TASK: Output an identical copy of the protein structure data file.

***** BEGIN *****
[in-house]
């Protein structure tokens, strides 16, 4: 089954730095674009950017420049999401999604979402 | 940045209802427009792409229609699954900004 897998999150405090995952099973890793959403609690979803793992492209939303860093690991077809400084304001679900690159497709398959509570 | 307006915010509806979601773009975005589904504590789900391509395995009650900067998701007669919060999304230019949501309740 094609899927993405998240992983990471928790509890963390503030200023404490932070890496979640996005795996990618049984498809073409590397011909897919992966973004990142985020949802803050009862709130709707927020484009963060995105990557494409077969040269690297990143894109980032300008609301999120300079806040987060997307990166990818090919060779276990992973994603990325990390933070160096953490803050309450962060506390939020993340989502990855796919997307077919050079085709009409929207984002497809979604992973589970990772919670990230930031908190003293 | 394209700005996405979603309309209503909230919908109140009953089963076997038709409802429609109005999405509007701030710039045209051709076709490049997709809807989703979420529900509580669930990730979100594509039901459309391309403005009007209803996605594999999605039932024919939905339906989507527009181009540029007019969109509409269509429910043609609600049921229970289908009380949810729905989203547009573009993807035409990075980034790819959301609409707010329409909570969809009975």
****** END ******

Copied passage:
[in-house]
């Protein structure tokens, strides 16, 4: 089954730095674009950017420049999401999604979402 | 940045209802427009792409229609699954900004 897998999150405090995952099973890793959403609690979803793992492209939303860093690991077809400084304001679900690159497709398959509570 | 307006915010509806979601773009975005589904504590789900391509395995009650900067998701007669919060999304230019949501309740 094609899927993405998240992983990471928790509890963390503030200023404490932070890496979640996005795996990618049984498809073409590397011909897919992966973004990142985020949802803050009862709130709707927020484009963060995105990557494409077969040269690297990143894109980032300008609301999120300079806040987060997307990166990818090919060779276990992973994603990325990390933070160096953490803050309450962060506390939020993340989502990855796919997307077919050079085709009409929207984002497809979604992973589970990772919670990230930031908190003293 | 394209700005996405979603309309209503909230919908109140009953089963076997038709409802429609109005999405509007701030710039045209051709076709490049997709809807989703979420529900509580669930990730979100594509039901459309391309403005009007209803996605594999999605039932024919939905339906989507527009181009540029007019969109509409269509429910043609609600049921229970289908009380949810729905989203547009573009993807035409990075980034790819959301609409707010329409909570969809009975």